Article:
Patuxent Wildlife Research Center



Order Caudata (Salamanders)

Seven families in the Order Caudata are found in the Northeast (Petranka 1998). The family Plethodontidae (lungless salamanders) is the most species-rich family in the region, with 43 species. Plethodontids are more diverse in the Southeast region, and reach their greatest diversity further south in southern Mexico and Central America. The second most species-rich family in the Northeast region is the family Ambystomatidae (mole salamanders), with nine species. The other families (Cryptobranchidae, Sirenidae, Amphiumidae, Proteidae, and Salamandridae) are represented in the Northeast by only one or two species each. Members of two families, Sirenidae and Amphiumidae, are only found in one state within the Northeast (Virginia). Ten salamander species, all within the family Plethodontidae (Gyrinophilus subterraneus, Plethodon hoffmani, P. hubrichti, P. nettingi, P. punctatus, P. shenandoah, P. sherando, P. virginia, Pseudotriton montanus montanus, Pseudotriton ruber ruber), are endemic to the Northeast. These species typically have limited distributions, sometimes isolated to only a few mountaintops or caves, and most are found in Virginia and West Virginia. The longevity of salamanders varies from 1 to 30 years (Flower 1925).


A. Aquatic Salamanders

1. River and Stream (Lotic) Salamanders
Large fully aquatic salamanders (Cryptobranchus, Necturus) are found in large streams and rivers. Eggs are deposited in vegetation, debris, or under rocks in the water. Young pass through a larval stage, and adults remain aquatic. Some adults even retain larval features (e.g., exposed gills in Necturus). Small aquatic salamanders (Desmognathus, Eurycea, Gyrinophilus, Pseudotriton) frequent smaller streams and seeps. In this group, larval development occurs within streams, but after metamorphosis, adults spend part of their life history in the leaf litter and rocky substrate alongside streams.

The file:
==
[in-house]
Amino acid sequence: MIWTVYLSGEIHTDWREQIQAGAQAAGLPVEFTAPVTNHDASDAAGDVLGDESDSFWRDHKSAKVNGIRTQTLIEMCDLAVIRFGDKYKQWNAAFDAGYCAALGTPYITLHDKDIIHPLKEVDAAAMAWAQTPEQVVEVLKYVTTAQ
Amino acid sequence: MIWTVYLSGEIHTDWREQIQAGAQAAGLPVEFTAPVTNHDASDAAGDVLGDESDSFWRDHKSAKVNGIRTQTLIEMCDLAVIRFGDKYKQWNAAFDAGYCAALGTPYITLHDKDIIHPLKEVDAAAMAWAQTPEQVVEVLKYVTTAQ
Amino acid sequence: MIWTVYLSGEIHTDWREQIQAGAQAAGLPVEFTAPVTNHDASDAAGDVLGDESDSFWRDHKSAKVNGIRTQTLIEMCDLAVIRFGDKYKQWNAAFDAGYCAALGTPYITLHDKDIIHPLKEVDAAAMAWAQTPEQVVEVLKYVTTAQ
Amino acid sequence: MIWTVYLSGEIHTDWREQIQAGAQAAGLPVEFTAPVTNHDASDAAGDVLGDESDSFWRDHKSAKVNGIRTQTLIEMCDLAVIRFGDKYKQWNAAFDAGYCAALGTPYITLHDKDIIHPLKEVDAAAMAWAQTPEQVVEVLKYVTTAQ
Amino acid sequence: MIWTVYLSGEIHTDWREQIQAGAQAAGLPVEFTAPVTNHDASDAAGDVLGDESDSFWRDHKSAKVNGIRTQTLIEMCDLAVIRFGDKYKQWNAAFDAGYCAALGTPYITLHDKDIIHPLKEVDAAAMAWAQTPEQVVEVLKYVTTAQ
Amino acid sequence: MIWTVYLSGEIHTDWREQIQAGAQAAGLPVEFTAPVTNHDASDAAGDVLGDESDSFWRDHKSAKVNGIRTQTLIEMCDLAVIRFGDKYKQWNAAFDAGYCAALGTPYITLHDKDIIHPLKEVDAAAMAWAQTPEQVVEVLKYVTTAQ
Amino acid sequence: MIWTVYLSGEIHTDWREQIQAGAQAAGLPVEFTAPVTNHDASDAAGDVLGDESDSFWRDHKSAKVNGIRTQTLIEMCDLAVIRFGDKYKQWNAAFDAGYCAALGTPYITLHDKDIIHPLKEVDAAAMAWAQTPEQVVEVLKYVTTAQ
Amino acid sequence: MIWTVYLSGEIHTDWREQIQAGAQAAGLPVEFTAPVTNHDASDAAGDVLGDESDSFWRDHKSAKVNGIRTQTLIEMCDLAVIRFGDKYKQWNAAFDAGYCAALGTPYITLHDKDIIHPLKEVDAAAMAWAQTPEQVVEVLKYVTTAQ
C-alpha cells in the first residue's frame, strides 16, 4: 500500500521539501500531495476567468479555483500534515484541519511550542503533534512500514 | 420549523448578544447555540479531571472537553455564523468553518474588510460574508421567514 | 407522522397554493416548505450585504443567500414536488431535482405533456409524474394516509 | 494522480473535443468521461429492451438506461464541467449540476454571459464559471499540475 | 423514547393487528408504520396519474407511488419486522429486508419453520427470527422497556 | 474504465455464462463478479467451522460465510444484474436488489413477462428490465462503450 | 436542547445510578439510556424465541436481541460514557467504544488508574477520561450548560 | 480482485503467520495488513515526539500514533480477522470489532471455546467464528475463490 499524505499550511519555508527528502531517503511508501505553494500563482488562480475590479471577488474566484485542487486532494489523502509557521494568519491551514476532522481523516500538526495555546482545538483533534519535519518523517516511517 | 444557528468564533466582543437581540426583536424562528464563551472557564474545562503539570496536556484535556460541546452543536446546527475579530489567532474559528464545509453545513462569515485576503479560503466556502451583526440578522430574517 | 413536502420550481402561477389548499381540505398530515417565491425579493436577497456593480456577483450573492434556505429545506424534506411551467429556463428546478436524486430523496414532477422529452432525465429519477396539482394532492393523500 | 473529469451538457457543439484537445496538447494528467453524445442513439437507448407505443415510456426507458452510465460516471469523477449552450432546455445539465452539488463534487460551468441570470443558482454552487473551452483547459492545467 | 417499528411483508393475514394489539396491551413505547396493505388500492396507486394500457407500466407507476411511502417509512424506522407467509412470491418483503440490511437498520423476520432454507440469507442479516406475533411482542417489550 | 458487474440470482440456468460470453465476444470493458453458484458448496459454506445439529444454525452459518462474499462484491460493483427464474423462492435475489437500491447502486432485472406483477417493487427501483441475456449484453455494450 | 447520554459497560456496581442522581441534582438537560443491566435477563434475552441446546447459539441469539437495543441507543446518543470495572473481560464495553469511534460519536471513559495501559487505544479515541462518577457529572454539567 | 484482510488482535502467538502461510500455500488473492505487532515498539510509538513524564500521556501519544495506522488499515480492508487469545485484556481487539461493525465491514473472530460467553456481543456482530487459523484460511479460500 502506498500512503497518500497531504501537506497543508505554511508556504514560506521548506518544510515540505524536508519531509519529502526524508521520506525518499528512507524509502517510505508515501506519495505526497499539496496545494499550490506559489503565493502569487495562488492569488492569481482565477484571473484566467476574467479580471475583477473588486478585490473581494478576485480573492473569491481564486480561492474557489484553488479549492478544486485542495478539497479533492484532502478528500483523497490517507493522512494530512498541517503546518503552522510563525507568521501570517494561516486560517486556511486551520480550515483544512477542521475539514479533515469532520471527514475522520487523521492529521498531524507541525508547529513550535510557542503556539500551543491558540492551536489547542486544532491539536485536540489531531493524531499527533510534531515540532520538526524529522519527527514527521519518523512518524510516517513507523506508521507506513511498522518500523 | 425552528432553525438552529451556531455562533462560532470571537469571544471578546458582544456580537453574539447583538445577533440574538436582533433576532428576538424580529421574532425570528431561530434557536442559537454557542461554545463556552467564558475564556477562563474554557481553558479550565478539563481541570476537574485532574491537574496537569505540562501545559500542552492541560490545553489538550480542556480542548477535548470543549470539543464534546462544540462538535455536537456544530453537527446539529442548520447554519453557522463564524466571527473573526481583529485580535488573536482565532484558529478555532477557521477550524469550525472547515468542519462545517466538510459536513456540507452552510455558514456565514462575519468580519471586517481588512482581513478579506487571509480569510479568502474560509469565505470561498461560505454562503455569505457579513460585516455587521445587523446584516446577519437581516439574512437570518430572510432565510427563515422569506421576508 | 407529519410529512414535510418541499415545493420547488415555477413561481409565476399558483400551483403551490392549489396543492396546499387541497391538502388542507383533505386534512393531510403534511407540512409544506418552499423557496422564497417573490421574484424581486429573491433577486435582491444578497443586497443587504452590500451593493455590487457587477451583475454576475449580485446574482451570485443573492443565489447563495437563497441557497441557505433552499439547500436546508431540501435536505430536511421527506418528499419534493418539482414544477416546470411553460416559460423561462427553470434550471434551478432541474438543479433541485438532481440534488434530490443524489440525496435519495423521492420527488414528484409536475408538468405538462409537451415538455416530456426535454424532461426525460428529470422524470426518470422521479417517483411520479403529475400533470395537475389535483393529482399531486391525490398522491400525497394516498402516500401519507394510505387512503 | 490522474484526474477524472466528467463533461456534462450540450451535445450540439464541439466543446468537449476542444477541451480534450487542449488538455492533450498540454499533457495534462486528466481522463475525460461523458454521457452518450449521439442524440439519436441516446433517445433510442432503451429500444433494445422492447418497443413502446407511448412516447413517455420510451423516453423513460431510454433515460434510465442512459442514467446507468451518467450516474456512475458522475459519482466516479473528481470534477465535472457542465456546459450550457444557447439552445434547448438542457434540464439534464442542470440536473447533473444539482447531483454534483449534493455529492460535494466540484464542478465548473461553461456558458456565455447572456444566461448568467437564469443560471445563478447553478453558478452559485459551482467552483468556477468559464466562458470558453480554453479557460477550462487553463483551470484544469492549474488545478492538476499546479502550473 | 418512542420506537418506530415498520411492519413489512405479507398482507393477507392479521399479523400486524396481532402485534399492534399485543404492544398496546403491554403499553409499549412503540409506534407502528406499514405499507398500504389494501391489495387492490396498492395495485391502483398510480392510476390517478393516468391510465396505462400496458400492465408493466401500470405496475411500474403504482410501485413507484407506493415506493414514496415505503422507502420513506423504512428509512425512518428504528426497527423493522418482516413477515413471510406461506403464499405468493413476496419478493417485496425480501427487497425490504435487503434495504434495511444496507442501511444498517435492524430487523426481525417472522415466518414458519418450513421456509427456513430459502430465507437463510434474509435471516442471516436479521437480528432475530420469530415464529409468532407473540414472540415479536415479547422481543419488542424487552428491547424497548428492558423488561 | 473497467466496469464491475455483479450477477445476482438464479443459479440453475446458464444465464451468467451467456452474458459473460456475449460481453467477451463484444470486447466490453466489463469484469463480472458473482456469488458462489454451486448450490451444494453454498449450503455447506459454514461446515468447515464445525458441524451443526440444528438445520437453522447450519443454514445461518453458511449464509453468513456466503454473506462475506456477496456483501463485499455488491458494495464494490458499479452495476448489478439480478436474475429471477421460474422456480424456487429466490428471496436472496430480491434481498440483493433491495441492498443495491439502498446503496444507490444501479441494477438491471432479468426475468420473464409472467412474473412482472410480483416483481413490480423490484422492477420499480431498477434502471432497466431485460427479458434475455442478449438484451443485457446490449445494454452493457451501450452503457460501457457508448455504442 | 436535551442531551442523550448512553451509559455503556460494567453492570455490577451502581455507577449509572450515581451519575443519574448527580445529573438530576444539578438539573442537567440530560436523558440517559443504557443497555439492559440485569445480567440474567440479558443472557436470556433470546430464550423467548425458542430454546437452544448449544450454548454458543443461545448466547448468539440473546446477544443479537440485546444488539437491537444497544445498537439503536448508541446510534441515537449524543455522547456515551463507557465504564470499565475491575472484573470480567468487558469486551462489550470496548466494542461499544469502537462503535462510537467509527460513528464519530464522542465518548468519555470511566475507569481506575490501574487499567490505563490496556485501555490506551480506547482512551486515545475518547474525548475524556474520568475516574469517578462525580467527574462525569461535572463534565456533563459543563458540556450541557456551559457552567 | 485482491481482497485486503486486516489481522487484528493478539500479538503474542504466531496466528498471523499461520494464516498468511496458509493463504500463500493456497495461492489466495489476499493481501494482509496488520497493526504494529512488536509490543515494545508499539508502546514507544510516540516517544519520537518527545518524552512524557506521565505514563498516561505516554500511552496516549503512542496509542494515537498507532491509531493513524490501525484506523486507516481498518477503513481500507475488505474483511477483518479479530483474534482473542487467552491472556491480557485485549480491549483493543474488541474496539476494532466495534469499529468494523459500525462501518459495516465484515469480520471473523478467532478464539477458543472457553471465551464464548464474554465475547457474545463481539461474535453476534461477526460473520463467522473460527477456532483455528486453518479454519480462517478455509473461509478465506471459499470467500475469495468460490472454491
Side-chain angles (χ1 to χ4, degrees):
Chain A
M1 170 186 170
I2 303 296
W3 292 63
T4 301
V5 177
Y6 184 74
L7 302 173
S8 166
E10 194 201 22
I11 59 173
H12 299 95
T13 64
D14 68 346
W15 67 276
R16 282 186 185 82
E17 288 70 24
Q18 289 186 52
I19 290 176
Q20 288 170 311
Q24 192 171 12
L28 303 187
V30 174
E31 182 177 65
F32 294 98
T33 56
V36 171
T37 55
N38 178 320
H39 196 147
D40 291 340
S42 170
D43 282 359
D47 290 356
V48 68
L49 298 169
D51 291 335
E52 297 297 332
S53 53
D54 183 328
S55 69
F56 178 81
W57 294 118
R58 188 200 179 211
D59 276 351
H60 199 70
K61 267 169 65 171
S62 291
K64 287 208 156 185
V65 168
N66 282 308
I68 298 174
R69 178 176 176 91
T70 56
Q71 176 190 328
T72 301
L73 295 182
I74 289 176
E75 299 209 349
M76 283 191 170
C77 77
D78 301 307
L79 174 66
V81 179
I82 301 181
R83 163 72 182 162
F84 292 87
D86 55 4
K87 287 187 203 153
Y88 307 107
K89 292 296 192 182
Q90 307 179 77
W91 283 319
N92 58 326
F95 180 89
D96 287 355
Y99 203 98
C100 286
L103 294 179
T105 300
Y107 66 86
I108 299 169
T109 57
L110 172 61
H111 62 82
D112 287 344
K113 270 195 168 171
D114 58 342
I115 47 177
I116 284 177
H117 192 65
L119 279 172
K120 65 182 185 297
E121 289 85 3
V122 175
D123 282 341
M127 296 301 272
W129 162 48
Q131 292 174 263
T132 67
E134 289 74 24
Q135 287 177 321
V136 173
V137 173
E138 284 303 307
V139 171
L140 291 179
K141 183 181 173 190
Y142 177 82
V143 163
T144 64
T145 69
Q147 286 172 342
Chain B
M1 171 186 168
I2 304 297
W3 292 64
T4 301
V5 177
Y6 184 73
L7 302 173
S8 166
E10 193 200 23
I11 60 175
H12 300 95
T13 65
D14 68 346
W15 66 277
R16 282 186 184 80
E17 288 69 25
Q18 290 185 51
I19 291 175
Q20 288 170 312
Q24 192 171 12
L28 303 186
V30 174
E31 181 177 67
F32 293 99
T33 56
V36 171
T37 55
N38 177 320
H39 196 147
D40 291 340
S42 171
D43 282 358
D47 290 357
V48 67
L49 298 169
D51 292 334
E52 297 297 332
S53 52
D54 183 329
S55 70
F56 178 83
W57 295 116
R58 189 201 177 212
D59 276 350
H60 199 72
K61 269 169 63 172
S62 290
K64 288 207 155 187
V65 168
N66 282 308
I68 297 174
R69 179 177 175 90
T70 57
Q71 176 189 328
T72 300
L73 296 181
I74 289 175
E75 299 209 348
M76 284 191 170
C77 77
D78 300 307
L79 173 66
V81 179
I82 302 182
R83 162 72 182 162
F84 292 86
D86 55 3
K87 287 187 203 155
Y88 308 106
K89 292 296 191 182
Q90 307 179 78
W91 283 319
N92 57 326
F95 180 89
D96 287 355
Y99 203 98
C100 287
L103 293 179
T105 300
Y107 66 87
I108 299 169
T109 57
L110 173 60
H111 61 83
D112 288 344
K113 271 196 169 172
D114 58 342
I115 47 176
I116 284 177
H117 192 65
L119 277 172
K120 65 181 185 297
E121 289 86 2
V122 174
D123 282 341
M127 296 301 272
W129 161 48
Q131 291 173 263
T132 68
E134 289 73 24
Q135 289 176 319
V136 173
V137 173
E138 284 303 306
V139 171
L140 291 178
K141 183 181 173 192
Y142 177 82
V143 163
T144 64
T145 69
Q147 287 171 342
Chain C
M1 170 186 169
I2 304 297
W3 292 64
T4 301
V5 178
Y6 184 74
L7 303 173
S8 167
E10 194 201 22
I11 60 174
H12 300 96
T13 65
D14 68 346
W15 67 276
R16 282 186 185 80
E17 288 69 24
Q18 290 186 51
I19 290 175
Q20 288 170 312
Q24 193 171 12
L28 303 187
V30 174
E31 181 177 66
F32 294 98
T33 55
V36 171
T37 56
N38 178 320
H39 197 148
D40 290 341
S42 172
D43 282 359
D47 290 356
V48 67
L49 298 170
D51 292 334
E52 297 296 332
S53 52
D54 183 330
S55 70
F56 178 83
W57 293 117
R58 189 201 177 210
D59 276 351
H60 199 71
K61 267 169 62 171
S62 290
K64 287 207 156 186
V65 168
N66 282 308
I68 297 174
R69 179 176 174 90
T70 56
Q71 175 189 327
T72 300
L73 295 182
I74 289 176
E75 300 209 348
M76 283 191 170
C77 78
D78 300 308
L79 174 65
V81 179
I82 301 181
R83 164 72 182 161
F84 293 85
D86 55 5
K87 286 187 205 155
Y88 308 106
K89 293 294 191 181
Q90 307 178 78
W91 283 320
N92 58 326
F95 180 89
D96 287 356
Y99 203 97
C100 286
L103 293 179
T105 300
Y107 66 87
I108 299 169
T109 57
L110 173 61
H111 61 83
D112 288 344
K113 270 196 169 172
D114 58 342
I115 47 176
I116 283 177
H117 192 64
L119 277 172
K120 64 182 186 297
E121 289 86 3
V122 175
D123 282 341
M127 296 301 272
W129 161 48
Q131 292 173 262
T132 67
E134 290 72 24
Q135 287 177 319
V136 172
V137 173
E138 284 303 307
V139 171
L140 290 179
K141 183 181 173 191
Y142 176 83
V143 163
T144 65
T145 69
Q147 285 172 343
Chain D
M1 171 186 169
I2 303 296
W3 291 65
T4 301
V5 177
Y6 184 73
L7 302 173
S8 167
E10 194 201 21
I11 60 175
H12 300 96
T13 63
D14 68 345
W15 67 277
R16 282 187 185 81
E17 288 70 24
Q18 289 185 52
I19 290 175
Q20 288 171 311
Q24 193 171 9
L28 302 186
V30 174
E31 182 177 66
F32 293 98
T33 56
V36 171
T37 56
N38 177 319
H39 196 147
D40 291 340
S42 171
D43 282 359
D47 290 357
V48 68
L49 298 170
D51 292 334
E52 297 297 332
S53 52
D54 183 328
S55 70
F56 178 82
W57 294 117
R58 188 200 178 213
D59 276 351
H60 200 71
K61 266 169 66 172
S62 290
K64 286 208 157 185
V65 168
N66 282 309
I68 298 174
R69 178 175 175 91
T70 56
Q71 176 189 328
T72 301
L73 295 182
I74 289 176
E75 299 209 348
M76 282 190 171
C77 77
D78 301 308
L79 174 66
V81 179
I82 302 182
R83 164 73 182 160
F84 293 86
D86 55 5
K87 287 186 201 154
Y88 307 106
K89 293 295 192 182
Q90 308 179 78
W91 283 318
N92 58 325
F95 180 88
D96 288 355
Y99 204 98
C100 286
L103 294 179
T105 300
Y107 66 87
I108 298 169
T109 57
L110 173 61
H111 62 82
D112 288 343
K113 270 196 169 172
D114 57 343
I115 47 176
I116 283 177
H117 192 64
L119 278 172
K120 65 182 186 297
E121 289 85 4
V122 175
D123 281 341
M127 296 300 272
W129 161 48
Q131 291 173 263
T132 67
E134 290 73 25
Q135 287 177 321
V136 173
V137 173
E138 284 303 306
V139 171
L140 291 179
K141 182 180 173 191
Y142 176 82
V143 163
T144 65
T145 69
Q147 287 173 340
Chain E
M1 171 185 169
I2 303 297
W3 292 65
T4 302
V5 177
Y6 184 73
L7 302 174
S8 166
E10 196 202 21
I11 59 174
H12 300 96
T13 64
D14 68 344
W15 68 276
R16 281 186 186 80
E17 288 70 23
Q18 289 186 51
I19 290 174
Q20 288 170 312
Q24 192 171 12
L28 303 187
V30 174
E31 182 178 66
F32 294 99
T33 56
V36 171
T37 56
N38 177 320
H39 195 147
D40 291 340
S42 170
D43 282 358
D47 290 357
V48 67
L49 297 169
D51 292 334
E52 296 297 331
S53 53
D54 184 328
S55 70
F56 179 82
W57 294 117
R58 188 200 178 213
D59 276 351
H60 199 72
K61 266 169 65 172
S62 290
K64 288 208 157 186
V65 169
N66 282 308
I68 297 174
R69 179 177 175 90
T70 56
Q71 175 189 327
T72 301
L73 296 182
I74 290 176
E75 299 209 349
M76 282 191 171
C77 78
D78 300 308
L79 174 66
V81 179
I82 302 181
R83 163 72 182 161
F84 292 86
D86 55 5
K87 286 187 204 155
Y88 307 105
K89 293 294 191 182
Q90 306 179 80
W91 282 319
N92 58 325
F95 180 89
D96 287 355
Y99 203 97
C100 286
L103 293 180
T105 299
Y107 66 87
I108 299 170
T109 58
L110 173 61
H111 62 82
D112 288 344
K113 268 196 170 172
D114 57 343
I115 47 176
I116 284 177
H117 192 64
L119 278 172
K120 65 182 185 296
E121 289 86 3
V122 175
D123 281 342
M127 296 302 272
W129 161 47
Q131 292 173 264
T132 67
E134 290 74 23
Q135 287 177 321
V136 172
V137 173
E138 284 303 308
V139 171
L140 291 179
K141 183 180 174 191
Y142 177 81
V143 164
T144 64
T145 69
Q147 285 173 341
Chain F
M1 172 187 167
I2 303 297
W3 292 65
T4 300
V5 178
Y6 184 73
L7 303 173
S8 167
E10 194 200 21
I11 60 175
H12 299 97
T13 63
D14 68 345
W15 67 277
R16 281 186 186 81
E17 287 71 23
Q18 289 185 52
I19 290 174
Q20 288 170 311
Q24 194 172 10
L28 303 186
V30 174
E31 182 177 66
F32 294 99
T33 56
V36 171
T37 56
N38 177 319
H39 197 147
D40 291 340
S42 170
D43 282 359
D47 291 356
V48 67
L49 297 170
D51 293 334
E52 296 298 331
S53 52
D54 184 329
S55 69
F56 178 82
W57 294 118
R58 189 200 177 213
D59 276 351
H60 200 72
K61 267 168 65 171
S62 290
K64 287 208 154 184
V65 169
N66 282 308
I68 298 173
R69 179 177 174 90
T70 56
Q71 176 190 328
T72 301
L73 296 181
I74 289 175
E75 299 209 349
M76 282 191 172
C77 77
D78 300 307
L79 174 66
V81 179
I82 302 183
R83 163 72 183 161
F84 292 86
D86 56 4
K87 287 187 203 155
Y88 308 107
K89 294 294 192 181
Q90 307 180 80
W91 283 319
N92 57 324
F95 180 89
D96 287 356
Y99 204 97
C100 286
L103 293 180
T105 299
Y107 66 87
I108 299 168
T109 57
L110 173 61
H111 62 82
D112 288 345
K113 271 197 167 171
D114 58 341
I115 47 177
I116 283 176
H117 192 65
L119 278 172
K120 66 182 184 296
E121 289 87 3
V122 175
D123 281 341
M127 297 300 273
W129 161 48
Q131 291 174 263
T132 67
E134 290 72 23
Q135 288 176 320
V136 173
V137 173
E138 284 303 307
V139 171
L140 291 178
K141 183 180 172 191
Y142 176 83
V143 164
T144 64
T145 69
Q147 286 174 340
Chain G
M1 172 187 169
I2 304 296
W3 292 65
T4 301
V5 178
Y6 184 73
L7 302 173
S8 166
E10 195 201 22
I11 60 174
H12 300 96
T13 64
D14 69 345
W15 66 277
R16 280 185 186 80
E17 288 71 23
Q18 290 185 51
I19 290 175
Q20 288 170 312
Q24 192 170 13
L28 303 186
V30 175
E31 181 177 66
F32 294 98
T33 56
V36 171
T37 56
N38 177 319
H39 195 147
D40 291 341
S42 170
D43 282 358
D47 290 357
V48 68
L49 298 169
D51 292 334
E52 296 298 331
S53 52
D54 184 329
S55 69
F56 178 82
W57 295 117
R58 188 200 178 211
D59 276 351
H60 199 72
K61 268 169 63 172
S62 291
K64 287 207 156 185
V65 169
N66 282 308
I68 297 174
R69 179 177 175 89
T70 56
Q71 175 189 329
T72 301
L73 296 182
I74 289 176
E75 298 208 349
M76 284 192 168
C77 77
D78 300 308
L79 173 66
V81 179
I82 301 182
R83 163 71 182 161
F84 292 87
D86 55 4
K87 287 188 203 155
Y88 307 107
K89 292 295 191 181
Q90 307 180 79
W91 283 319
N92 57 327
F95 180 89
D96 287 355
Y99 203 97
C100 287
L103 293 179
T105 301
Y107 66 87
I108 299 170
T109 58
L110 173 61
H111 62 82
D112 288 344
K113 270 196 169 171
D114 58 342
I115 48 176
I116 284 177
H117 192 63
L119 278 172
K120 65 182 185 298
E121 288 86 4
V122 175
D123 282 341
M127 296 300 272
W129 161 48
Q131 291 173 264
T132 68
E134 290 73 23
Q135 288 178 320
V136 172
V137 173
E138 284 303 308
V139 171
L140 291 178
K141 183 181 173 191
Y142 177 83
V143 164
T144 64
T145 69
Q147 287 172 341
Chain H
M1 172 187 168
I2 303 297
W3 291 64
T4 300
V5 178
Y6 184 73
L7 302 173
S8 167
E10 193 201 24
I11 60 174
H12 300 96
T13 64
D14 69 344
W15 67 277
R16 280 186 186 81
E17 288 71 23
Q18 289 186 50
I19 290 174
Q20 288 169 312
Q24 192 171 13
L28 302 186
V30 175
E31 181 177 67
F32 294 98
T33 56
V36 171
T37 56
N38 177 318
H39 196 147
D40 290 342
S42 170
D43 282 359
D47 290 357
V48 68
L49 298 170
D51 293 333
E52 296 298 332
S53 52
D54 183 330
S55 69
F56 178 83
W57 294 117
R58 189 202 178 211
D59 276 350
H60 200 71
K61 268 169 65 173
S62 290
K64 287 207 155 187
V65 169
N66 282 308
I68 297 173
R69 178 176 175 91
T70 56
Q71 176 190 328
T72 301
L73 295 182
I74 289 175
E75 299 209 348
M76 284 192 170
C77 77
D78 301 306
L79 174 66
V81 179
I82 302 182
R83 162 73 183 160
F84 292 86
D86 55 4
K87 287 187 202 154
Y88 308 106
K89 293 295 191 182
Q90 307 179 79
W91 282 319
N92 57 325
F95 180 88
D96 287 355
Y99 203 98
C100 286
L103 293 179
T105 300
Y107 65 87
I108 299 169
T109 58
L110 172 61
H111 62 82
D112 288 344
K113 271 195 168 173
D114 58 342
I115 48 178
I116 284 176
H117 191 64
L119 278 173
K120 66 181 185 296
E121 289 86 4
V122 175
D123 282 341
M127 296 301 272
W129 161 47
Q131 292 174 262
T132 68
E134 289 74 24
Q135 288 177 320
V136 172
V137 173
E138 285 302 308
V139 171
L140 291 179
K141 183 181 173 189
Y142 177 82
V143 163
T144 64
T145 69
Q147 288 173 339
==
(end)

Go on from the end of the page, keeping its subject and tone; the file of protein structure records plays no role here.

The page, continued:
2. Pond-breeding (Lentic) Salamanders
Siren species are entirely aquatic and inhabit various types of vegetated ponds and mucky swamps. Amphiuma species generally are aquatic, although eggs are deposited on land near water. Notophthalmus and most Ambystoma species may use temporary ponds to complete metamorphosis. After metamorphosis, these species spend a considerable amount of time in terrestrial habitats. Ambystoma talpoideum and Notophthalmus viridescens have individuals or populations that are facultative paedomorphs, retaining larval features as adults and not metamorphosing in some areas as long as permanent water remains.

Adult Eurycea longicauda on stream-side rocky substrate
Adult Eurycea longicauda on
stream-side rocky substrate

B. Terrestrial Salamanders

In the family Plethodontidae, all members of the Tribe Plethodontinii and several salamanders in the subfamily Desmognathinae are entirely terrestrial and do not use standing water for reproduction. These salamanders deposit their eggs in moist areas and the young develop within the eggs and hatch as miniature adults. For most salamanders in this group, eggs are laid in underground retreats, under rocks, or beneath or within rotting logs. For some Northeast species, nests in the wild have never been found (e.g., Plethodon hubrichti, P. punctatus). During favorable moist conditions, terrestrial salamanders actively forage on the surface of the forest floor, in leaf litter, arboreally, or under surface debris such as rocks and logs. During dry periods, these salamanders retreat underground to moist areas. Their survival depends on maintaining a moist skin surface to allow cutaneous respiration.

Adult Plethodon cinereus on top of forest floor leaf litter
Adult Plethodon cinereus on
top of forest floor leaf litter

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